Metastatic Breast Cancer thrivers ask for more research funding
Less than 10% of breast cancer funding supports research for stage four patients.
DIXON, Ill. (WIFR) - Nearly 240,000 women and 2,100 men are diagnosed with breast cancer each year in the United States, according to the Centers for Disease Control and Prevention.
Of those people, 6-10% are diagnosed with Metastatic or stage four breast cancer (MBC). Another 30% are diagnosed with stage one, two or three, before the disease spreads. Now, people with MBC work to secure more funding for research to gain more time on earth.
“I will eventually die from my cancer or from the treatments that I’m on for cancer.”
Seven years ago, Cathy Dixon was diagnosed with cancer. “My first diagnosis was stage two breast cancer.”
Treatment included a double mastectomy and four rounds of chemotherapy.
“I was told, at that time, I was cancer free,” Cathy says. “So, I did the bald pictures in the pink blouse and all that.”
About a year and a half later, Cathy underwent surgery to fix a non-cancerous problem with one of her ovaries.
“When I was done with that surgery, my doctor told me that they tested all of my female organs and there was no cancer. I was very excited about that,” said Cathy. “Then, his posture and his voice changed, and he leaned over, and he said I saw something on your liver.”
That sent Cathy back to Oncology, where doctors diagnosed her with stage four, Metastatic Breast Cancer.
“Metastatic Breast Cancer is basically uncontrolled cell growth that starts in the breast and then spreads distantly to other parts of the body, so outside of the breast where it originated,” said Dr. Alyssa Ceilesh, a hematologist oncologist OSF HealthCare Saint Anthony Medical Center.
Stages one, two and three of breast cancer are curable.
“So, with surgery, with sometimes radiation, and sometimes chemo and hormone therapy. People should be cured of that disease,” Dr. Ceilesh said. “It should be something they go through treatment and move on with the rest of their lives.”
Metastatic breast cancer is treatable, but there is no cure.
“So with metastatic breast cancer, even though we have all these tools available, we still haven’t’ been able to cure this disease,” Ceilesh. “So, unfortunately this is something people with live for the rest of their lives.”
“The cancer that I had, had just moved. Now that it’s in a new location, it becomes a different animal,” said Cathy. “It’s not funded by the pink ribbon research.”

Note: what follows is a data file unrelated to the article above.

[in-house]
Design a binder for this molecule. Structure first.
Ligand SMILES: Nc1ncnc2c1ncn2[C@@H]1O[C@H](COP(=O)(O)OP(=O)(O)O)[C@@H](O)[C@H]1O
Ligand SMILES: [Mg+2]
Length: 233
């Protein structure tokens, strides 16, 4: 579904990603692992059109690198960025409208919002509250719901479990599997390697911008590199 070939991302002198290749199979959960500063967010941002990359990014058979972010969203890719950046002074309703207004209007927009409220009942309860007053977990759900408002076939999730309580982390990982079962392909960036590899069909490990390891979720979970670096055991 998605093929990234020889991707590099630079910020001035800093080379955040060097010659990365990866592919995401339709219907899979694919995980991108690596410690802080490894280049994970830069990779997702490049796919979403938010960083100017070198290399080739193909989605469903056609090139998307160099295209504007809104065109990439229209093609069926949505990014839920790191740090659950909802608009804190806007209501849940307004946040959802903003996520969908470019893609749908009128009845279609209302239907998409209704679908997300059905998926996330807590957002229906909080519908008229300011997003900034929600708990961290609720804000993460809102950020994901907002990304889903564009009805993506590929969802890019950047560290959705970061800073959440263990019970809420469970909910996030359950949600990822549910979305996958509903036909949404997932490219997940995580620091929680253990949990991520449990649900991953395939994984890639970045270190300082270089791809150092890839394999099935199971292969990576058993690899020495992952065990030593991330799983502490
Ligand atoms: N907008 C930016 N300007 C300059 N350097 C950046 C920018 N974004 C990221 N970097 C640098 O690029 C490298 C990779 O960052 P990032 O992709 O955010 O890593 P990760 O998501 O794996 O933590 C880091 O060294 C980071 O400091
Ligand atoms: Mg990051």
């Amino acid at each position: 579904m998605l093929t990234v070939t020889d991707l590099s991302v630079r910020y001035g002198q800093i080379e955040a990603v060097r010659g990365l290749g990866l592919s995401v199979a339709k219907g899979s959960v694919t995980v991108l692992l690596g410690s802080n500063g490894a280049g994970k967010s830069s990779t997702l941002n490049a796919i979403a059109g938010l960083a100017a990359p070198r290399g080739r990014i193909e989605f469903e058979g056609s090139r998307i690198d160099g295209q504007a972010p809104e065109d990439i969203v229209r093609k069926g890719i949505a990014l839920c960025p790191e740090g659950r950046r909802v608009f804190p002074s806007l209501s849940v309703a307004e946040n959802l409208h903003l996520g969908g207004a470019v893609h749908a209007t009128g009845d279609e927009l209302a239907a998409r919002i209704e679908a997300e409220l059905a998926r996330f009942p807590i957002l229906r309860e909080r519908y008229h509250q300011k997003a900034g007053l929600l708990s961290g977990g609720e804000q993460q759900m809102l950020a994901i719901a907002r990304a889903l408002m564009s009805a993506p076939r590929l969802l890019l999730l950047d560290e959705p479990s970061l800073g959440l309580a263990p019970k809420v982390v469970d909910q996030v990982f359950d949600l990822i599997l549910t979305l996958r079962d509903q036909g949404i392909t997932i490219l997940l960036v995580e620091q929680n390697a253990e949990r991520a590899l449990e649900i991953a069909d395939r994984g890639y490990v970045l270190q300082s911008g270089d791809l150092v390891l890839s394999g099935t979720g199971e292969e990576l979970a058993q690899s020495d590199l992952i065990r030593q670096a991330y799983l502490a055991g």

According to The Lancet Oncology, and MetaVivor, less than 10% of funding for breast cancer research supports metastatic or stage four, breast cancer. Researchers with MetaVivor support the 30 for 30 goal. Because 30% of patients are eventually diagnosed with stage four breast cancer, 30% of donations should be dedicated to MBC research.
“The pink ribbon, that money doesn’t go to people like me.”
Cathy joined an online support group to connect with others just like her, who must fight for another day.
“I can’t talk to my friends and family about it. I would come off very bitter,” said Cathy.
For now, the dance teacher’s cancer is stable. It’s not growing. She says she takes her diagnosis day-by-day, getting treatments she’ll need for the rest of her life.
“We typically utilize medications that will treat the entire body versus for more early stage or localized breast cancer, where we incorporate more radiation therapy and surgery and things that will locally treat disease,” said Dr. Ceilesh.
“I take a cocktail of pills in the morning, a pill at night and then shots once a month,” said Cathy. “That is keeping me alive.”
In the beginning, doctors told Cathy her prognosis was three to five years. Six years later, she’s thriving.
According to Cathy, that’s what people with MBC call themselves. She urges others to donate to research, in the hopes it could lead to improved medication. That could give Cathy more time with family and friends.
Cathy says calling Metastatic Breast Cancer by its proper name could make all the difference.
“For example, Suzanne Summers, in every single article I read, they called it breast cancer or whole-body cancer―the wrong terms. If we can call it the right terms, metastatic cancer, she struggled with metastatic breast cancer for her whole life, people would know.”
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